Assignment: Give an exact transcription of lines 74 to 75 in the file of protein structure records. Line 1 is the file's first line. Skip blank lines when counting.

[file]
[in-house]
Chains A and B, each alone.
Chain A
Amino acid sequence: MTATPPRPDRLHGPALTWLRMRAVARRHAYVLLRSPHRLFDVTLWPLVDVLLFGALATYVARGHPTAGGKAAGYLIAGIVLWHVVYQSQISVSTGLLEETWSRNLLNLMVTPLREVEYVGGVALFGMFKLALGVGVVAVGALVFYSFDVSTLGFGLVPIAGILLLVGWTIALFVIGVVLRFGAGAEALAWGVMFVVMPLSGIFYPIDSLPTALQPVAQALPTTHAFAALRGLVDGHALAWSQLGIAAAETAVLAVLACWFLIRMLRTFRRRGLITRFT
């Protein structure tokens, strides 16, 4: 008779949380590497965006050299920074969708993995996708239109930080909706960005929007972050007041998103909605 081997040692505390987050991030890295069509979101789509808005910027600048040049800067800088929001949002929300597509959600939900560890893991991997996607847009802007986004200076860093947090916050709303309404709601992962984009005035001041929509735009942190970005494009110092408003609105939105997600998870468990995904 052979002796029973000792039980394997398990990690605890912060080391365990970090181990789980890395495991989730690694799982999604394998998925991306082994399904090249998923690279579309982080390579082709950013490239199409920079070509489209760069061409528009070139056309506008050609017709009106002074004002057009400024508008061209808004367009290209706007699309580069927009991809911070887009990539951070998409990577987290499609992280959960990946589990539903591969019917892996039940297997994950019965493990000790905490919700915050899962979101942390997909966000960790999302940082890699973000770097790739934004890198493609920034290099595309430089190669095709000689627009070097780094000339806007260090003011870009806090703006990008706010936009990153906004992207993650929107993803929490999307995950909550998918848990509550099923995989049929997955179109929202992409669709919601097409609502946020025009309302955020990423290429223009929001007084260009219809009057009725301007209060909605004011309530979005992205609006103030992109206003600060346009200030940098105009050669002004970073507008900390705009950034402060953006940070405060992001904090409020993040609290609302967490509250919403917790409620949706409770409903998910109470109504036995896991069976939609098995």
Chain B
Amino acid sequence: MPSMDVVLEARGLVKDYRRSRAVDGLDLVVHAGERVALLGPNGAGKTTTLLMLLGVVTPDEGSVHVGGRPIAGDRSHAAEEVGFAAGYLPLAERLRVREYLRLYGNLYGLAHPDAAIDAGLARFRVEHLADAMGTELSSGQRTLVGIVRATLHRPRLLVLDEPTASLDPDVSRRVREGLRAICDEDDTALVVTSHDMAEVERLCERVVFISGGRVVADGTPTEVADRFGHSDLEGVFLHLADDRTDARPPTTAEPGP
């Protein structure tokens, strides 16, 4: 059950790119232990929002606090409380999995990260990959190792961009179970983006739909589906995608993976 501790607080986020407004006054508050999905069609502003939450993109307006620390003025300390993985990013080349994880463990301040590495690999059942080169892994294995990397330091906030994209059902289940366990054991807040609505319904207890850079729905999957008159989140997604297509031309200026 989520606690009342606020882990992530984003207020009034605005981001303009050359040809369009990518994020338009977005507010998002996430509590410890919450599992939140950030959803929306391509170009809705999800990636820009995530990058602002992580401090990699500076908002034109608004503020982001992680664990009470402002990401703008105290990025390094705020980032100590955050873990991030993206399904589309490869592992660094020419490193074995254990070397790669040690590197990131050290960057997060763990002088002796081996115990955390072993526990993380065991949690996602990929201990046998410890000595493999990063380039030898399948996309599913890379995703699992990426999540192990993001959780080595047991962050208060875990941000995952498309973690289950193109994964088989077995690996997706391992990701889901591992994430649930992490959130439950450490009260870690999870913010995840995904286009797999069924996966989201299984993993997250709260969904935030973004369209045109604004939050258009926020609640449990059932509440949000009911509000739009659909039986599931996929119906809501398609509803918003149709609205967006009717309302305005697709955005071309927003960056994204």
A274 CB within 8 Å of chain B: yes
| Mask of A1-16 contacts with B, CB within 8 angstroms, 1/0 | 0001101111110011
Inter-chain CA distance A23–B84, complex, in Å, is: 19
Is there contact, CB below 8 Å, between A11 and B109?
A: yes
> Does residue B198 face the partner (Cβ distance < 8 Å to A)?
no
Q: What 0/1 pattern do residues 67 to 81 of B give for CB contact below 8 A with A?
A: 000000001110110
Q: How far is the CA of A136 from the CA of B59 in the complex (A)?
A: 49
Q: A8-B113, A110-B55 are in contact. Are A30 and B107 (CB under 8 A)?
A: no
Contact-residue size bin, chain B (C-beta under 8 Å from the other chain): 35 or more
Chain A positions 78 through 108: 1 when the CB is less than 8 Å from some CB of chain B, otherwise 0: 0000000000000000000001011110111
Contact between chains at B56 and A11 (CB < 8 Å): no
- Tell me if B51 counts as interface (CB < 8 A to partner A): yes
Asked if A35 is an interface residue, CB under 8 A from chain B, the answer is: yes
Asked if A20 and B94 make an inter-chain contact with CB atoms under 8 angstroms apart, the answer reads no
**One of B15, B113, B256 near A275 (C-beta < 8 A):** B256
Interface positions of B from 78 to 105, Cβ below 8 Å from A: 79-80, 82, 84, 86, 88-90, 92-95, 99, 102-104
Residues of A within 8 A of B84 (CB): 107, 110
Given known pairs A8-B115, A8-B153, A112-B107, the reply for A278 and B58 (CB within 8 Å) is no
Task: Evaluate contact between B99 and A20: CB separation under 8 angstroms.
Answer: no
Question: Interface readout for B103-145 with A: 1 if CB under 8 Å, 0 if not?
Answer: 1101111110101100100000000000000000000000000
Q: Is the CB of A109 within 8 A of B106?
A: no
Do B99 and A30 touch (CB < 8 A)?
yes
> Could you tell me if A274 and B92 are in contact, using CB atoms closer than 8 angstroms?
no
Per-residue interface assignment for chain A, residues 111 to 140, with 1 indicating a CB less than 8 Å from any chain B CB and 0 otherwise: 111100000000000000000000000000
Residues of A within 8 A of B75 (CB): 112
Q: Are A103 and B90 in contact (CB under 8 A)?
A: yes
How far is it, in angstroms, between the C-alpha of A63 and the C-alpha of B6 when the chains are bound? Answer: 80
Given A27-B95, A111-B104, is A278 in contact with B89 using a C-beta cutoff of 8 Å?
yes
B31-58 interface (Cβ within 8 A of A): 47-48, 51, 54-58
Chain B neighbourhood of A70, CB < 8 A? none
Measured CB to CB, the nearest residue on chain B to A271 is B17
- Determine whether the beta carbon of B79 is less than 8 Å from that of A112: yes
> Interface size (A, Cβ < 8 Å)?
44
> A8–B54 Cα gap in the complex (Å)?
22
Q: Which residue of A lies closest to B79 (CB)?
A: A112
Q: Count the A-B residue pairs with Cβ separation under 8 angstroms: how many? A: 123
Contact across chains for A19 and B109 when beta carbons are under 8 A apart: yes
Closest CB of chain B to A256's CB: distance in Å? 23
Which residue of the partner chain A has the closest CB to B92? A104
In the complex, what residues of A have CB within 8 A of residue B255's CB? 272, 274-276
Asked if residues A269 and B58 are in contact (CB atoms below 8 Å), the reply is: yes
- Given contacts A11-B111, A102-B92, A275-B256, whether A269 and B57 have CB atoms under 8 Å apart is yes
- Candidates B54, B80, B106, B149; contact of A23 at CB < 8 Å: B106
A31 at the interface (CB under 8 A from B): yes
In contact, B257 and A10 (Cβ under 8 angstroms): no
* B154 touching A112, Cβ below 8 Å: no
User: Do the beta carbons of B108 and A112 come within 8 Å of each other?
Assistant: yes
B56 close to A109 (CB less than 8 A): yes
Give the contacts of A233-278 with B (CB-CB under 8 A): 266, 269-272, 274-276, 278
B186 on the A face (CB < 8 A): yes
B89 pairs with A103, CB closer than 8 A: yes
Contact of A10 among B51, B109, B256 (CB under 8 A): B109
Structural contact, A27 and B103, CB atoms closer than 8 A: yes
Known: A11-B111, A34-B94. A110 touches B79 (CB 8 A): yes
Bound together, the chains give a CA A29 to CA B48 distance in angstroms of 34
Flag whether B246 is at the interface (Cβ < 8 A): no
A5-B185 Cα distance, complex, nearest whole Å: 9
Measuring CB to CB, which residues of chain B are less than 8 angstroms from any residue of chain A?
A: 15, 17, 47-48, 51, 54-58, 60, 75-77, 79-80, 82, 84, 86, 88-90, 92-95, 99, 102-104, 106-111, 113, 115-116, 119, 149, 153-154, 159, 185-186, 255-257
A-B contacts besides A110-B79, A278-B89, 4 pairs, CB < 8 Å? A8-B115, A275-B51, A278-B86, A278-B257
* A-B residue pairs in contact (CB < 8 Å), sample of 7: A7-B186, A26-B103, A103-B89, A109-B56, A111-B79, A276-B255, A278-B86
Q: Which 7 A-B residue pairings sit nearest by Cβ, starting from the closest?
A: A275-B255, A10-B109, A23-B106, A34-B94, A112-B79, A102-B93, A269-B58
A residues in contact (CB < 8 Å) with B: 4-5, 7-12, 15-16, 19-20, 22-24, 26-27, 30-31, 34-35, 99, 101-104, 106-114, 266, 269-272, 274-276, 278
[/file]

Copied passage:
B186 on the A face (CB < 8 A): yes
B89 pairs with A103, CB closer than 8 A: yes